LAUREL PARK GETS GREEN LIGHT TO RESUME RACING
At a special virtual meeting Dec. 14, the Maryland Racing Commission permitted the Maryland Jockey Club to resume racing Thursday, Dec. 16. It will be the first day of live racing in Maryland since Nov. 28.
In fact, the Commission took no action, which had the effect of permitting racing to return.
“The purpose of the day is simply to make certain that we were in a posture to move forward,“ said Commission chairman Michael Algeo, explaining that the Commission’s silence signaled its assent to the resumption of racing. “I don’t see, personally, any reason why we would not move forward. So there’s really nothing for us to do: we would only be involved in terms of taking action if were going to not approve this weekend’s card.”
No Commissioners spoke up to disagree.
Racing had been shut down in the wake of a three-week period which saw eight training or racing fatalities at the central Maryland facility. That group included three two-year-olds and seven horses that had made seven or fewer career starts.
The shutdown prompted a frenzied effort to get the track back into racing shape. The core group of experts involved included former Maryland Jockey Club track super John Passero, who was retained by the Maryland Thoroughbred Horsemen’s Association to assist; along with NYRA’s Glen Kozak, Dr. Mick Peterson of the University of Kentucky, and Santa Anita track super Dennis Moore; as well as current MJC trackman Chris Bosley.
The Maryland Jockey Club and parent company 1/ST Racing had sought permission to resume racing this week at last week’s regularly scheduled Commission meeting. But Commissioners, fearing a rush to a preordained outcome, demurred, calling instead for today’s virtual meeting specifically devoted to the track surface. More than 100 people were on the call.
During today’s meeting, the Commission heard from a variety of stakeholders that included jockeys Xavier Perez, Victor Carrasco, and Richard Monterrey. All three agreed the track is vastly superior to what they were experiencing before the most recent shutdown.
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“The difference in the surface of the track is 20 times better than what it was,” said Perez.
“I feel like the track is in a great shape,” Carrasco agreed. “It seems like we’re going in the right direction.”
More than 200 horses have posted recorded breezes over the surface since it fully reopened Friday, Dec. 10. Several of those were horses that Perez breezed for trainer Jerry Robb.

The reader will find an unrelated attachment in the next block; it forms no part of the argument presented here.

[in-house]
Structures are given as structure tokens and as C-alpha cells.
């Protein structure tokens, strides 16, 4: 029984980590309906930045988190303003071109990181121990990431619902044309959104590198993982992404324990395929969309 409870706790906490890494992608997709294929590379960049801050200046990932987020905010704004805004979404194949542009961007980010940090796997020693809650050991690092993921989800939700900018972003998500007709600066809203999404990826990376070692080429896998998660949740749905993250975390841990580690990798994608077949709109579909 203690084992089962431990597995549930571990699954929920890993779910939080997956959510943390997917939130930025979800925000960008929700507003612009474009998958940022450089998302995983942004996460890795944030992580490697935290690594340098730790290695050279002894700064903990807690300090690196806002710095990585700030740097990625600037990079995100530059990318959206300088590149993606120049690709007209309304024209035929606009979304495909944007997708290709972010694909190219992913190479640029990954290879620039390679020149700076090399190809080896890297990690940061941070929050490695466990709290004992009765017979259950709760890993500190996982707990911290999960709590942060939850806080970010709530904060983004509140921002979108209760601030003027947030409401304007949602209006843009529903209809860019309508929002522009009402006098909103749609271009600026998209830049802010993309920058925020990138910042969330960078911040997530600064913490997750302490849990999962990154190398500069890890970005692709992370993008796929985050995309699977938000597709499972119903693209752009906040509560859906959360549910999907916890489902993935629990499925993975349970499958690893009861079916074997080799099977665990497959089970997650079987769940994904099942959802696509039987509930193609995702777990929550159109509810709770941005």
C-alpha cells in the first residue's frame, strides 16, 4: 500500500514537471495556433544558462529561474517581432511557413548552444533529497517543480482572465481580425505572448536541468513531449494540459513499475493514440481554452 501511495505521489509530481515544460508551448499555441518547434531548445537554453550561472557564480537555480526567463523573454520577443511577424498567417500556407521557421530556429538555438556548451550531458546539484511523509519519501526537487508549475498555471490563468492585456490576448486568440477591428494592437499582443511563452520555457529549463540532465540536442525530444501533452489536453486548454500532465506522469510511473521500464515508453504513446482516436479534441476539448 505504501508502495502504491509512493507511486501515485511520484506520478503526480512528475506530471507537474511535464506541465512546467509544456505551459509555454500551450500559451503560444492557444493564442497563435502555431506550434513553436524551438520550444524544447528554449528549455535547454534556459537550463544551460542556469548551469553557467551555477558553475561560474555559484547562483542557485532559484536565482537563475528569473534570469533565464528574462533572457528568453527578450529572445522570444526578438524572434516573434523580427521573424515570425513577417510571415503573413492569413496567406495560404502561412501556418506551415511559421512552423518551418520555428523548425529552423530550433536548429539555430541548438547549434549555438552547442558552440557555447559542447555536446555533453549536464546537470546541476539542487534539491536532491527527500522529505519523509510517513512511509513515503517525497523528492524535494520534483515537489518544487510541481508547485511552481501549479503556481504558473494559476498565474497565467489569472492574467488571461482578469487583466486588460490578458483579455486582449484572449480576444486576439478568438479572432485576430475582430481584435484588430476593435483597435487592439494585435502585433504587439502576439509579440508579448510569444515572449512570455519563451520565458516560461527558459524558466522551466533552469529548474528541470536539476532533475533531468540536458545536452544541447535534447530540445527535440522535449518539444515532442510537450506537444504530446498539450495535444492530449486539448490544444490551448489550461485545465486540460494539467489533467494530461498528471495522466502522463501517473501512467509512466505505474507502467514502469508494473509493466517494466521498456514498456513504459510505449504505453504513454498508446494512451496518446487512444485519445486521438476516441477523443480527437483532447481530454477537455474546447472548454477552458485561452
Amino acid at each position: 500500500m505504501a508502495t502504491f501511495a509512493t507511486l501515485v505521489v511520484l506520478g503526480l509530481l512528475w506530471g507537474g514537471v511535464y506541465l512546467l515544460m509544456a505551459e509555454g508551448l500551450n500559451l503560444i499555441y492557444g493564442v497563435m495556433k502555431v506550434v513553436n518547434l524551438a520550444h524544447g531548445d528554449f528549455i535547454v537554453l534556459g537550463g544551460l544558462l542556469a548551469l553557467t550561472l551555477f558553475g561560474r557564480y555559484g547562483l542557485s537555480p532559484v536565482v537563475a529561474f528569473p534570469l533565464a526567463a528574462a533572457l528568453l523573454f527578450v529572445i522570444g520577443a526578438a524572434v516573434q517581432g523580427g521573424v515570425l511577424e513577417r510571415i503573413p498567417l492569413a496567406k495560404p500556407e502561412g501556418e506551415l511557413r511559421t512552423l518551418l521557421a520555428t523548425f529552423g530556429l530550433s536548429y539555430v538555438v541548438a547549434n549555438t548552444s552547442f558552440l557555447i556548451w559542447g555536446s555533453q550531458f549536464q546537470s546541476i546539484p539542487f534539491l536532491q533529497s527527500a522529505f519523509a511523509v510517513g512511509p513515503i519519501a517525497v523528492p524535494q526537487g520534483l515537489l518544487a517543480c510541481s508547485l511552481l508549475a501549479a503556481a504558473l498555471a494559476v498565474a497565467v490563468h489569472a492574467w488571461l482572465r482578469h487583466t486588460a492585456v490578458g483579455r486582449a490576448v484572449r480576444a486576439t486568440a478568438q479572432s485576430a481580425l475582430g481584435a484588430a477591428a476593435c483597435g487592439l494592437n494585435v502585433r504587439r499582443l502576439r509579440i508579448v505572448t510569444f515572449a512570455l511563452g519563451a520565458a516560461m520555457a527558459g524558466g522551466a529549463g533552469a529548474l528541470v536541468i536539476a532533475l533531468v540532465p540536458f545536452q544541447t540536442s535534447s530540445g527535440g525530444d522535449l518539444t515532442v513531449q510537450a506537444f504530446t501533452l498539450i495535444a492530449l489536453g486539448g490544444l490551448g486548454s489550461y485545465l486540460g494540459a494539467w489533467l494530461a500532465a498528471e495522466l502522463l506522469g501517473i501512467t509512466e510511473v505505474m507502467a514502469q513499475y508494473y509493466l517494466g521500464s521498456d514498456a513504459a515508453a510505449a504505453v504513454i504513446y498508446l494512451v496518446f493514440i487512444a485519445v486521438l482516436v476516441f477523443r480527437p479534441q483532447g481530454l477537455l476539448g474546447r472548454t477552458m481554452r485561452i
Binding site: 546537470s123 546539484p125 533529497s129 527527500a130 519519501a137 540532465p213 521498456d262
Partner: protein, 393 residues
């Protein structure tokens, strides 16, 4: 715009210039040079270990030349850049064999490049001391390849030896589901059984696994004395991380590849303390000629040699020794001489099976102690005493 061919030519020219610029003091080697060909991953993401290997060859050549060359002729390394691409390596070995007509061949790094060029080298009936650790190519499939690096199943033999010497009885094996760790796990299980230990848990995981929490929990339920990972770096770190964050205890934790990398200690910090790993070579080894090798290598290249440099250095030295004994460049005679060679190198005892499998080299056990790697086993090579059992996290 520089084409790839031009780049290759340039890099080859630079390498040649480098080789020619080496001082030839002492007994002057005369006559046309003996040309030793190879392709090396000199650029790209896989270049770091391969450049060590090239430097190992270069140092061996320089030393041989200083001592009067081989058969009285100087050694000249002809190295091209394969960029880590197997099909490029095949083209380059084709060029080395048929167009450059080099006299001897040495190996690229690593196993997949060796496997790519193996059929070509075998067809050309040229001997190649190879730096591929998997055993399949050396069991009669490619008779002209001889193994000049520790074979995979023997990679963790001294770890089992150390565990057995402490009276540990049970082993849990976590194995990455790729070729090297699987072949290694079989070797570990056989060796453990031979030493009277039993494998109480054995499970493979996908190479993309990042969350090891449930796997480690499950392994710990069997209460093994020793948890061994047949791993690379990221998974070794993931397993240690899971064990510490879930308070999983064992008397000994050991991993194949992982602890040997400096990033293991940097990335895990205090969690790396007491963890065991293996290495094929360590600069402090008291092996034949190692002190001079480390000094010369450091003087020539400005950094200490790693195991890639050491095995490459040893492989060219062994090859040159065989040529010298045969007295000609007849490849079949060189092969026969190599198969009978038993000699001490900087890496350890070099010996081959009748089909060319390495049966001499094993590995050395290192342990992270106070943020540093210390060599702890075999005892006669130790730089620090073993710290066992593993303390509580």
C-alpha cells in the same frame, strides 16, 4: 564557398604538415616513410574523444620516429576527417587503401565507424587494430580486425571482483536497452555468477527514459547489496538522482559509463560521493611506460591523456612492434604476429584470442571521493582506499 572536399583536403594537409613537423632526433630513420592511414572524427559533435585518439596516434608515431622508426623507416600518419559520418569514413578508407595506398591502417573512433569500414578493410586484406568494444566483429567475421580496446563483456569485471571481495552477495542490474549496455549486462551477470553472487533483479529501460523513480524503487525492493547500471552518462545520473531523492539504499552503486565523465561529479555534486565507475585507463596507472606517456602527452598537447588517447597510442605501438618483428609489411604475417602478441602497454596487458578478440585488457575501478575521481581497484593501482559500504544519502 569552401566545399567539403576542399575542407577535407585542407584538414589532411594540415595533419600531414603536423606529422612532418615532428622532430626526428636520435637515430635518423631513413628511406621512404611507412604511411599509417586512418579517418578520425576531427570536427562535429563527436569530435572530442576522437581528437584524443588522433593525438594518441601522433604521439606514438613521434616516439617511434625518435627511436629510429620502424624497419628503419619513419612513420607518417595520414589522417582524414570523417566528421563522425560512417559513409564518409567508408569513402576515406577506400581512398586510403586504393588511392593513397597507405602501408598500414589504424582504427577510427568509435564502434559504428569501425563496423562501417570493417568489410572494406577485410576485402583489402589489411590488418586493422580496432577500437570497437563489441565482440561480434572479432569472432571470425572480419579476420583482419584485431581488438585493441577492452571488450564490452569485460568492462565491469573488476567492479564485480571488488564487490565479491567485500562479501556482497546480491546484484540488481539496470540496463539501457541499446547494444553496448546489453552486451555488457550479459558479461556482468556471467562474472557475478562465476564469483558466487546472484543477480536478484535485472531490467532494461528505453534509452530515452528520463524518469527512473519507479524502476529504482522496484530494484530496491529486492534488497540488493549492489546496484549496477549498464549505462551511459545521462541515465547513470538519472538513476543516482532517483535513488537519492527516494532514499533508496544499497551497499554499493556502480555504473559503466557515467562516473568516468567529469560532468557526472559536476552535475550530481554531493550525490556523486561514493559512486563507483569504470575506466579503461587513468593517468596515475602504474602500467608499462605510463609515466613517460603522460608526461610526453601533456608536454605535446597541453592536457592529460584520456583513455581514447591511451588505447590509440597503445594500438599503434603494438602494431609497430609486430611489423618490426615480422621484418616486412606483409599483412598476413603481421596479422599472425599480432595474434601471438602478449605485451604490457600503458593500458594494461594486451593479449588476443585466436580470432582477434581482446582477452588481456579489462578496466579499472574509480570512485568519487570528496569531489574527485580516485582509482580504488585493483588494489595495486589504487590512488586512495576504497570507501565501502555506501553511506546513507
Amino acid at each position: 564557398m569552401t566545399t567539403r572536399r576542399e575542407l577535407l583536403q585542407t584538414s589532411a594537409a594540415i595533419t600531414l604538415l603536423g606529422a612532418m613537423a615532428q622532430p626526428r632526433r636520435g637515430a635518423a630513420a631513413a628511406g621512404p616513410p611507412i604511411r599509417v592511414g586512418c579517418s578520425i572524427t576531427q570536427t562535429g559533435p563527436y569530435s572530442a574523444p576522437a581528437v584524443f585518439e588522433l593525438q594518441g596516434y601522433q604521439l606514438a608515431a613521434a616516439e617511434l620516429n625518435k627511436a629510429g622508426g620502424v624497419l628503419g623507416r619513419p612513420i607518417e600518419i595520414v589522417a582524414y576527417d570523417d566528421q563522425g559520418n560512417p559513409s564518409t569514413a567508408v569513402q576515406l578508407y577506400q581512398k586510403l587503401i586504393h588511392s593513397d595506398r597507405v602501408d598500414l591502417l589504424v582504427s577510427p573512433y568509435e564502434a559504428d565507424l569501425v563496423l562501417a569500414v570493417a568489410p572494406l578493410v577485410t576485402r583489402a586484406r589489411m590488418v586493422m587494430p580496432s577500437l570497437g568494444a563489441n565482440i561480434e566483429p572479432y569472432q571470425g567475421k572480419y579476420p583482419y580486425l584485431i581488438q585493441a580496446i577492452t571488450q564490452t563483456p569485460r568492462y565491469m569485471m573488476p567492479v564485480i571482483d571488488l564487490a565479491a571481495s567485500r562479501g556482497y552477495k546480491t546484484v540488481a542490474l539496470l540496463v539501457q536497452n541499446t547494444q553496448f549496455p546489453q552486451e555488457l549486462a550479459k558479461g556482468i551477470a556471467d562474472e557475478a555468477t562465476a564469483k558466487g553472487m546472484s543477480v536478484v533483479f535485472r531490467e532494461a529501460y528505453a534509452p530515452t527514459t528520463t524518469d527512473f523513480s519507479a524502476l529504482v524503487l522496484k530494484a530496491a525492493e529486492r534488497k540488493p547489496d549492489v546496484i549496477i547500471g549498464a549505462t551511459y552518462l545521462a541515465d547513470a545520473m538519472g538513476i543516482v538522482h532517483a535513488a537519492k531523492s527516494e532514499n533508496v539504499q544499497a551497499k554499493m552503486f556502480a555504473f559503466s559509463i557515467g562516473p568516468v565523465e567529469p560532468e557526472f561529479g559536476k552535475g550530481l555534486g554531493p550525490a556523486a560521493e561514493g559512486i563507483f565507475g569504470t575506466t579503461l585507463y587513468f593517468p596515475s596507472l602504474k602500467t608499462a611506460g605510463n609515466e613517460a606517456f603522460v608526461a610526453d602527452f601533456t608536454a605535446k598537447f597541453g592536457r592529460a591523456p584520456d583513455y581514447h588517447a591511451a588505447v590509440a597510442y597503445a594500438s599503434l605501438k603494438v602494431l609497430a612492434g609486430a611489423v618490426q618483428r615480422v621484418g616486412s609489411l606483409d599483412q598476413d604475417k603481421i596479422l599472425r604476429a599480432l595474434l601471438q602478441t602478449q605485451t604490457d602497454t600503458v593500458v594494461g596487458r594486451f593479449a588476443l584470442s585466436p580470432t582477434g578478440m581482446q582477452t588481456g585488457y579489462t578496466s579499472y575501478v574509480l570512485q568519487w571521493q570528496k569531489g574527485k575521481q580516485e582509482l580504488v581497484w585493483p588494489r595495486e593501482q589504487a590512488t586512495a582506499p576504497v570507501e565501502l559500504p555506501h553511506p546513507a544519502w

“All those horses just get a good feeling on the track,” the rider said. “My opinion is the track is just perfect.”
Trainer Tim Keefe, the president of the MTHA and a Laurel-based trainer, said he concurred with the riders.
“We’re definitely seeing a different racetrack out here,” Keefe said. “I worked horses Friday, Saturday, and Sunday without incident, without problems… And the feedback I’m getting from the other horsemen and jockeys has also been positive.”
Perhaps the most important testimony from the Commission’s standpoint, though, came from two of those outside experts involved in the track work: Glen Kozak and John Passero. Kozak had been on-site previously, while Passero said he has been at the track every morning.
Algeo asked both men if it was their “conclusion within a reasonable degree of scientific certainty” that racing could proceed safely over the surface. Both said that was their conclusion.
“Everything’s looking good this morning, and the works and the times are an indicator of things going in the right direction,” Passero said. “I couldn’t be happier.”
Passero said that changes in the composition of the cushion of the track include the addition of “more of a medium-coarse sand to give it some body.”
“We’re going back to a system that I used to use: plenty of depth,” he said. “It seems to be very kind to horses.”
“It certainly is a different track than it was a week ago when I saw it,” Kozak said. “And, again, it all sounds like it’s heading in the right direction.”
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The shutdown that’s about to end was the second this year because of track surface issues at Laurel Park. The MJC previously closed the track in mid-April for several months. While training resumed there in early August, racing did not come back until September.
One issue that several attendees cited Tuesday was the imperative to ensure that, as Algeo put it, “we’re not back here again.”
“One of the things that bothered me the most, still bothers me, is the fact that this last collection of tragedies should have been forewarned when the horsemen started screaming that the racetrack was too fast,” said Commissioner Tom Bowman, a veterinarian and breeder.
Bowman, who’s head of the Commission’s safety and welfare subcommittee, said he hopes to create an information “collection system” to enable the Commission and other stakeholders to identify and respond to trends before they become tragedies.
Post time for Thursday’s card is 12:25 p.m., and it’s fair to say a lot of people in the racing community will have fingers crossed and rabbit’s feet clutched in hopes of a safe return to action.
“We’re glad to be up and running again,” Algeo said. “I can conclude by saying: Riders up. Here we go.”
MORE ON THE TRACK SUFACE
In a spirited meeting Tuesday, the Maryland Racing Commission indicated that it intends to take a more assertive role on the Laurel Park track surface.
Faced with a sudden cluster of racing and training fatalities, Laurel Park will not race December 3-5 as officials scramble to get ahead of the problem.
The closure of Laurel Park because of the track surface has been a trial for many. But avoiding it in future isn’t just a matter of rebuilding the track.